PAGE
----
I considered writing the past few days chronologically, but that would devolve into interminable detail. I think photos do the job better, and perhaps I’ll get to describing all the people I’ve met later.
First, the subway system. It’s immense, clean and well-organized. The subway cars have videos showing how to behave: don’t rush the doors, don’t run up or down the escalators, don’t unfold your newspaper, don’t talk too loudly on your cell phone. There’s even a comic telling parents to keep their children quiet. Here’s a nice, minor touch – stand to the right, walk to the left:
A giant hand sanitizer machine:
In case of fear of the dark, break glass:
As promised, two photos of the local market, the ‘2002 World Cup Market’. This is one wing:
And here are some side dishes:
Why it’s hard to be a vegetarian in Seoul:
Many restaurants have cute, cartoon animal logos, which means that they butcher that particular animal for you.
Here’s Jeongbalsan, on the way to Ilsan, a ‘planned city’ built in the 1990s and still growing. The government wanted to relieve pressure on density, rents and traffic in Seoul. Despite the wide-angle shot, this is a small portion of the horizon. Those aren’t hills in the distance, they’re more blocks of flats:
At first the government just built apartment blocks, but residents unsurprisingly weren’t very happy. This is downtown, consisting of four-storey malls with restaurants and shops:
I’ve never been in a suburb that was denser than a downtown. This felt like purgatory. It’s a wealthy area, quite popular with the middle classes who aspire to apartment living.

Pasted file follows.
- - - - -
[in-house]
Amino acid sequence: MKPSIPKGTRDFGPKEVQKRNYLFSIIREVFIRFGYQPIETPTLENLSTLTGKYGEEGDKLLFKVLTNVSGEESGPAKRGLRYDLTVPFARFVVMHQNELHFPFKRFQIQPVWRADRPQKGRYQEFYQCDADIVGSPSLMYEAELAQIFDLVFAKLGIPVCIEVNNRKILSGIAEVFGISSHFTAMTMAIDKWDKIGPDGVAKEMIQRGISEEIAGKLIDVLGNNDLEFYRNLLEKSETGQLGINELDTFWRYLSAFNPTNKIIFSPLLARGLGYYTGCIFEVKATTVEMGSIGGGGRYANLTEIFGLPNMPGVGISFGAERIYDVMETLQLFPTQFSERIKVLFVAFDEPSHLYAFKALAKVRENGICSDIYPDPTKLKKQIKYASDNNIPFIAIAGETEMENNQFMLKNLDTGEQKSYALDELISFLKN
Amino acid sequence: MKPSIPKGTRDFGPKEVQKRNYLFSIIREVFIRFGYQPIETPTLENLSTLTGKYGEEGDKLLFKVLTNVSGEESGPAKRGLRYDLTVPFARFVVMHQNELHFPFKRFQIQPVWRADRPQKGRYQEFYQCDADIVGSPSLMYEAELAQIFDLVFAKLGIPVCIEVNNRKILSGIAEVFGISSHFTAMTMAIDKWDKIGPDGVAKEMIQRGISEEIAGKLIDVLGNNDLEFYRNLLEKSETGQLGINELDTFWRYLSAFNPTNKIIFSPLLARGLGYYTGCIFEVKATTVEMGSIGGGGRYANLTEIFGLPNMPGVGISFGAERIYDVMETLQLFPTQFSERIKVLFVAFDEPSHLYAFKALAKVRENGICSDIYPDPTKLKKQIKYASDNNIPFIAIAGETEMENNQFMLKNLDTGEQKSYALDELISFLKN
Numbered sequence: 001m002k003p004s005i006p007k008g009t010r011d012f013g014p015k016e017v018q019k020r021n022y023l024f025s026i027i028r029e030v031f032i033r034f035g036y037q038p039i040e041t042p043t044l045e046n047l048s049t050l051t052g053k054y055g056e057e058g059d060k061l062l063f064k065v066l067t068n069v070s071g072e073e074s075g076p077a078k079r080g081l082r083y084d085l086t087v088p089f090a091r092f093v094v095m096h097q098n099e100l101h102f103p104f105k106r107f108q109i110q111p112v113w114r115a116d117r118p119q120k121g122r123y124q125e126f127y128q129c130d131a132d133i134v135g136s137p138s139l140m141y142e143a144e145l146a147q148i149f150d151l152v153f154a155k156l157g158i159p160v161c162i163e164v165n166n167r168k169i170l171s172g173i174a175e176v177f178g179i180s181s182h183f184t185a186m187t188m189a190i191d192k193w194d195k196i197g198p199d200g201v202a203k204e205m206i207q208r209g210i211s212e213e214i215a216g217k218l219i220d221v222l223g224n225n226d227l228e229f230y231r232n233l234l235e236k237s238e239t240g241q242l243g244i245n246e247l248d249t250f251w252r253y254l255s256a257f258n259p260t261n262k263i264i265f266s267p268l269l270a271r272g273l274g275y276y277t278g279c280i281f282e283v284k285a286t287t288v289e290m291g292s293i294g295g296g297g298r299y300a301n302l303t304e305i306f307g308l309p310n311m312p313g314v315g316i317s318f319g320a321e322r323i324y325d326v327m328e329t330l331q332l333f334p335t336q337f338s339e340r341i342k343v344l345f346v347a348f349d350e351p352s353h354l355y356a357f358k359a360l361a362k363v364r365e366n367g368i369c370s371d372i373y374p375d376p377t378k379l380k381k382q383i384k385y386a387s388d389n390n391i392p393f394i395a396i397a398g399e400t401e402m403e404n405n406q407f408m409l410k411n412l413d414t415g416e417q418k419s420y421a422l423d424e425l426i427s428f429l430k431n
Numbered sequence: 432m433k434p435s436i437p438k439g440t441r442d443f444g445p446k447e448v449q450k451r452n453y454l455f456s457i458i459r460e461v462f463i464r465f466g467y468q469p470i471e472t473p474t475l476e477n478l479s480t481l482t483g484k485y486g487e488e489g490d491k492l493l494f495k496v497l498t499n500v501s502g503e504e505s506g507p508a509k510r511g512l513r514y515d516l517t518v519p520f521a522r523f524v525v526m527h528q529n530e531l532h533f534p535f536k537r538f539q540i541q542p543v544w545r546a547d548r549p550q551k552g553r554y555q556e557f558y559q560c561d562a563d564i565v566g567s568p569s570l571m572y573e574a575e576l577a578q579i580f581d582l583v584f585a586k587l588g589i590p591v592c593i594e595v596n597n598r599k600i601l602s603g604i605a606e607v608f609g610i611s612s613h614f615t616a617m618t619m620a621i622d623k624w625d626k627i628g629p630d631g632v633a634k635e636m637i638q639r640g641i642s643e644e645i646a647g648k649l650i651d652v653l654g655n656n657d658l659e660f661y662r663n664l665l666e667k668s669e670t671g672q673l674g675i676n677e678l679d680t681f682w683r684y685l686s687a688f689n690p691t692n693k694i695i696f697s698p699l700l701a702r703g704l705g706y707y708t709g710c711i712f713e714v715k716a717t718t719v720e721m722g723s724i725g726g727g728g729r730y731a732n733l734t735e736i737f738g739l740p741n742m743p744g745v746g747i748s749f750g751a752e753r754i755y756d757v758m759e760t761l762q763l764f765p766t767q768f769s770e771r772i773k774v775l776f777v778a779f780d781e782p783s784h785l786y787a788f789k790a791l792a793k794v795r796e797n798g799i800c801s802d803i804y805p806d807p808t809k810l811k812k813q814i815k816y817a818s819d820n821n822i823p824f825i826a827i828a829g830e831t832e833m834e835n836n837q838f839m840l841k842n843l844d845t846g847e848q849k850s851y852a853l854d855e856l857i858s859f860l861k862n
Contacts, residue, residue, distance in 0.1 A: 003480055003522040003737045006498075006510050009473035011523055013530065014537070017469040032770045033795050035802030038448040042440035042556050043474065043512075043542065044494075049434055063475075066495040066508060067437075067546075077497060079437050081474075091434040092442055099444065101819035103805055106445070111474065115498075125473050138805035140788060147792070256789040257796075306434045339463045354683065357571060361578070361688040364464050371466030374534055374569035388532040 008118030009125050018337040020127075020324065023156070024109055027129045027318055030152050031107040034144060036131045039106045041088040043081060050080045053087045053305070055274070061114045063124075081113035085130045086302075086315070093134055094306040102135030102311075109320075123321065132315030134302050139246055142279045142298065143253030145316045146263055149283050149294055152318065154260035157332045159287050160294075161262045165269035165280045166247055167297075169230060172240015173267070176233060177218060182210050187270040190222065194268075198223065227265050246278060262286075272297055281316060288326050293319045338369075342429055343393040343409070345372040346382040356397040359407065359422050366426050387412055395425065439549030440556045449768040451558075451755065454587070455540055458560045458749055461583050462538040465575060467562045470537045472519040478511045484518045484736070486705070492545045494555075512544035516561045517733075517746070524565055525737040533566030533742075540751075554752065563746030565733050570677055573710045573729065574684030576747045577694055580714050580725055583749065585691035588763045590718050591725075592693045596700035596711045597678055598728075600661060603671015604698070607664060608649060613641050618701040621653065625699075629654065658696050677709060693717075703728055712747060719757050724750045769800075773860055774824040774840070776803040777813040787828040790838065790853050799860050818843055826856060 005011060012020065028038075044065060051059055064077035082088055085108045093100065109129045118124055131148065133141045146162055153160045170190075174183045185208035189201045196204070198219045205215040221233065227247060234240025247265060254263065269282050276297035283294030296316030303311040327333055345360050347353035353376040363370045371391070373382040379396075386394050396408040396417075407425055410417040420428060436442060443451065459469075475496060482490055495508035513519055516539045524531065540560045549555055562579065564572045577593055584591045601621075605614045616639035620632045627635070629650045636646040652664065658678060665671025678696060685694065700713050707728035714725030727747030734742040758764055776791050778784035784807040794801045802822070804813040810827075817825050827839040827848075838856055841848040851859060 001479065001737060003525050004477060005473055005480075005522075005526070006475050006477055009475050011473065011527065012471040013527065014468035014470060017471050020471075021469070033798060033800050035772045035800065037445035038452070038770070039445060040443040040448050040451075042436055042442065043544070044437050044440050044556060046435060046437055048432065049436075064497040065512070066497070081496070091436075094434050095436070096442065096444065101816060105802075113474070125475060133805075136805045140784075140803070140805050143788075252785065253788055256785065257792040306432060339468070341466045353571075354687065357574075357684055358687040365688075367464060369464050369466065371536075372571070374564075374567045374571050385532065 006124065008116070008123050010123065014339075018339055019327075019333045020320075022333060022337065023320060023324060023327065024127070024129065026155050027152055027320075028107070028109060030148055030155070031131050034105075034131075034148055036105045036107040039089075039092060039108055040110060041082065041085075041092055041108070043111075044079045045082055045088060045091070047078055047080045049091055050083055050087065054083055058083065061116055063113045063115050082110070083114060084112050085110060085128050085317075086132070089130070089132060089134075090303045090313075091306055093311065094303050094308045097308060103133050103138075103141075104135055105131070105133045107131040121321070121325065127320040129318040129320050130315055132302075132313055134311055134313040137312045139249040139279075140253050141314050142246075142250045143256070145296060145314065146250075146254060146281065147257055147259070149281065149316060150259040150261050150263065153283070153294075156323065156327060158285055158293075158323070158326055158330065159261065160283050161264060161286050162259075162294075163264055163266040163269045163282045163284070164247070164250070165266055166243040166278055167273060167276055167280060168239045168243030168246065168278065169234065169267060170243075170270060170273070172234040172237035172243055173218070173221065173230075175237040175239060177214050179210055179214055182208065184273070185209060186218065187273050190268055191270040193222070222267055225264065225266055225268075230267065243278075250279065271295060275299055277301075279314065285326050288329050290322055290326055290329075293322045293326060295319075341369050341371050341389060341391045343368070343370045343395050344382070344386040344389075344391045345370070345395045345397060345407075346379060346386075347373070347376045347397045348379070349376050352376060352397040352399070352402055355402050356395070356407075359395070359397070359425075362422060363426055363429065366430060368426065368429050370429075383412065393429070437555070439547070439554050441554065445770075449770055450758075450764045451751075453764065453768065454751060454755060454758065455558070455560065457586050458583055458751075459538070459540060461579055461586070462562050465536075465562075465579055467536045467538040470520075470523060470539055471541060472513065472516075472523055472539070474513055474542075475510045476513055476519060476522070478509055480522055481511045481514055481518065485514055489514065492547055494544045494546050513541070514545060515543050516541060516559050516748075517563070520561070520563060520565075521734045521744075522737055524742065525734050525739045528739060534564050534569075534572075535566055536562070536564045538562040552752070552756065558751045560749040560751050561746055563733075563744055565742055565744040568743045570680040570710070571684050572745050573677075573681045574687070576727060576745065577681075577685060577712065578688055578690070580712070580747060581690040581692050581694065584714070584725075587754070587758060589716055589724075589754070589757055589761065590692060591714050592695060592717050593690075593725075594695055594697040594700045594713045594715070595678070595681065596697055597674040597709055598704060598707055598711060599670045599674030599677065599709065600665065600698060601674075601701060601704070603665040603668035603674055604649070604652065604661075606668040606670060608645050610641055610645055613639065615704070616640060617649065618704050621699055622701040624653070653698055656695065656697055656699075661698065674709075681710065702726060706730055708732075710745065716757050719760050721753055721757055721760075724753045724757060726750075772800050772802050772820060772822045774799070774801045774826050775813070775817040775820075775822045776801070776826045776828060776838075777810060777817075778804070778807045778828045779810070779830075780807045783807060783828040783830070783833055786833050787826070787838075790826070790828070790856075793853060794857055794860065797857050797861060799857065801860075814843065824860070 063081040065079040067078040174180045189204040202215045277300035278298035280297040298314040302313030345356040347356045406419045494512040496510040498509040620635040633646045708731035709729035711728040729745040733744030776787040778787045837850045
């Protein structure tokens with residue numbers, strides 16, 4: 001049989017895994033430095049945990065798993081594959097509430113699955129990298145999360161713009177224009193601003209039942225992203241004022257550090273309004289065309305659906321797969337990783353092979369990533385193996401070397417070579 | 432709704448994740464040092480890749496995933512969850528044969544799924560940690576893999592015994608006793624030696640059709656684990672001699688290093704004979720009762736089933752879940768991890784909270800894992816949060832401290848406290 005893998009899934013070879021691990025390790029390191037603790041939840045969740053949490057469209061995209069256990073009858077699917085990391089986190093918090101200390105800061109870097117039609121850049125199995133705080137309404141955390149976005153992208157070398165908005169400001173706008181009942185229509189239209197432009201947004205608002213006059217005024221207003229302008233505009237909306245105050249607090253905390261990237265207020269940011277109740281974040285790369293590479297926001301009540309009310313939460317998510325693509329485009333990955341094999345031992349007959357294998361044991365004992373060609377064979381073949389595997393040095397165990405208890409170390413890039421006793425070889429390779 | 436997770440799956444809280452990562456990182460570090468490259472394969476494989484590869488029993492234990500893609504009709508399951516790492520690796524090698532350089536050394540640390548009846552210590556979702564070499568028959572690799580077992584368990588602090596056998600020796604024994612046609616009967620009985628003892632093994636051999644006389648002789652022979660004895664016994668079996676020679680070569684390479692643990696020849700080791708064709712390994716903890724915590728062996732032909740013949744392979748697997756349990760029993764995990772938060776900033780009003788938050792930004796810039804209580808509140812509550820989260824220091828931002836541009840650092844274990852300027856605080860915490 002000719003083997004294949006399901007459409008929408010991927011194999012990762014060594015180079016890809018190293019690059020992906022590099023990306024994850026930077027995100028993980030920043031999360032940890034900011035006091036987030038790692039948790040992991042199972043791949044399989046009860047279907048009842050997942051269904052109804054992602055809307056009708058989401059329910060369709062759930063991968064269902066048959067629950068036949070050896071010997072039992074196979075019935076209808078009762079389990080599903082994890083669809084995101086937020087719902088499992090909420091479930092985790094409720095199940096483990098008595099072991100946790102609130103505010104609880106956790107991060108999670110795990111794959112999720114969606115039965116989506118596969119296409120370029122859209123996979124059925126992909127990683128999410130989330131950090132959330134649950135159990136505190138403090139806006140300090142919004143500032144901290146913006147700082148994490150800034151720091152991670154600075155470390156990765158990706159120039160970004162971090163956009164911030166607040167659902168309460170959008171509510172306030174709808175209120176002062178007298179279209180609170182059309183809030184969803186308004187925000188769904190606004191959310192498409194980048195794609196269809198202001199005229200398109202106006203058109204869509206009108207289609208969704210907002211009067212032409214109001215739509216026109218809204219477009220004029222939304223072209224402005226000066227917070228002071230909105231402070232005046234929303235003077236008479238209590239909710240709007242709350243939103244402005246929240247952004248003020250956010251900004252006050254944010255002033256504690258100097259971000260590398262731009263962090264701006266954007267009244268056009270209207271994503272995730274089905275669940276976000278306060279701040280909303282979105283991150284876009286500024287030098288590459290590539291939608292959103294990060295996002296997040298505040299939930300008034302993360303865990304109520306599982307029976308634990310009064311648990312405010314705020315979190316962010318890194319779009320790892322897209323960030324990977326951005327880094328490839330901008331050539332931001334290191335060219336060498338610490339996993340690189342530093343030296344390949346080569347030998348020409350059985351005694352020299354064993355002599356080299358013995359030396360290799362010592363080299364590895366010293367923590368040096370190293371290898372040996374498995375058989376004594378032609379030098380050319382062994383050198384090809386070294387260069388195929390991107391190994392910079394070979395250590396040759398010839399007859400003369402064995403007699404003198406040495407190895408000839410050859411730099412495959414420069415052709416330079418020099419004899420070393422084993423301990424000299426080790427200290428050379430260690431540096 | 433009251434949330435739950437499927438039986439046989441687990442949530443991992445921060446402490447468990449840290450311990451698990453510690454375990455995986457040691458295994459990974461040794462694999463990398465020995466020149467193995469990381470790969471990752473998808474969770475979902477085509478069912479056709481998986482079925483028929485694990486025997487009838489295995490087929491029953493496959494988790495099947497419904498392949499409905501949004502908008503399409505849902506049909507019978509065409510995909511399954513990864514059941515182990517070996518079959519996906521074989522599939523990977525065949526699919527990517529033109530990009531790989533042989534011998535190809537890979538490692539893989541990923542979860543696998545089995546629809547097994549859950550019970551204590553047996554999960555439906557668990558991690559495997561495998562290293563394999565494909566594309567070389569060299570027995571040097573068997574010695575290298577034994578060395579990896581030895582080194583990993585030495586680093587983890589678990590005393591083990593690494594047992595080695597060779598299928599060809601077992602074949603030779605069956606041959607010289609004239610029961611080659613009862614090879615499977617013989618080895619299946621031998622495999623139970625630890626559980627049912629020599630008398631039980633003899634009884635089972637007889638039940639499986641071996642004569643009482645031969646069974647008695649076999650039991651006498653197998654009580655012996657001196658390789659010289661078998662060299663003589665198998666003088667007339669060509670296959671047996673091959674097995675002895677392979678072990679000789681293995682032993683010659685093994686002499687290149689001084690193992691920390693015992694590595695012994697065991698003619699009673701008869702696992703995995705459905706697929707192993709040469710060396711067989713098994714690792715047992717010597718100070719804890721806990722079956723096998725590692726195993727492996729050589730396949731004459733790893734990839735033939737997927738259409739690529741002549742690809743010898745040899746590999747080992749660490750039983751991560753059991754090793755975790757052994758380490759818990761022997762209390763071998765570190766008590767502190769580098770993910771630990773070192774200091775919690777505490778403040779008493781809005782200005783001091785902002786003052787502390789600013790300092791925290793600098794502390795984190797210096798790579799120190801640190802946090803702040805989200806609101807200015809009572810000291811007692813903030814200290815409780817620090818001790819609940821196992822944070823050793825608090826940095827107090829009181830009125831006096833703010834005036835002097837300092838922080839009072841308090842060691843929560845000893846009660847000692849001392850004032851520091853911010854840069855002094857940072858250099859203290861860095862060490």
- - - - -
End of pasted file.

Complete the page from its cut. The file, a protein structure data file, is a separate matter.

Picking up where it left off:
Dongdaemun Culture and History Park. In 2007 they knocked down a huge stadium complex and discovered the remains of an original, 600 year old fortress – these are the foundations. Seoul has no old buildings, since they were all wiped out in the civil war 60 years ago. The government is keen to re-establish a sense of history, in the midst of breathtaking growth:
Around the corner, an exhibit on Le Petit Prince. He looks like he’s out for prison-yard exercise:
The museum of the stadium, which was built by the Japanese during their occupation of the Korean peninsula. Finally, an honest assessment of the use of sport:
Someone’s been reading poetry. I’m not sure what the third-rate movie theatres have to do with the stadium, but it helps establish mood:
A 40 foot high advertisement on a nearby wall:
Someone took the “1% inspiration, 99% perspiration” slogan and found a thesaurus. I know I could get a job fixing this sort of thing.
A few streets away, a couple of blacksmiths:
The iron is a lot more rust-brown than the photo makes out. In the shop next to this one were a couple of men sitting around, and then further in, darkness lit by flames from an open forge.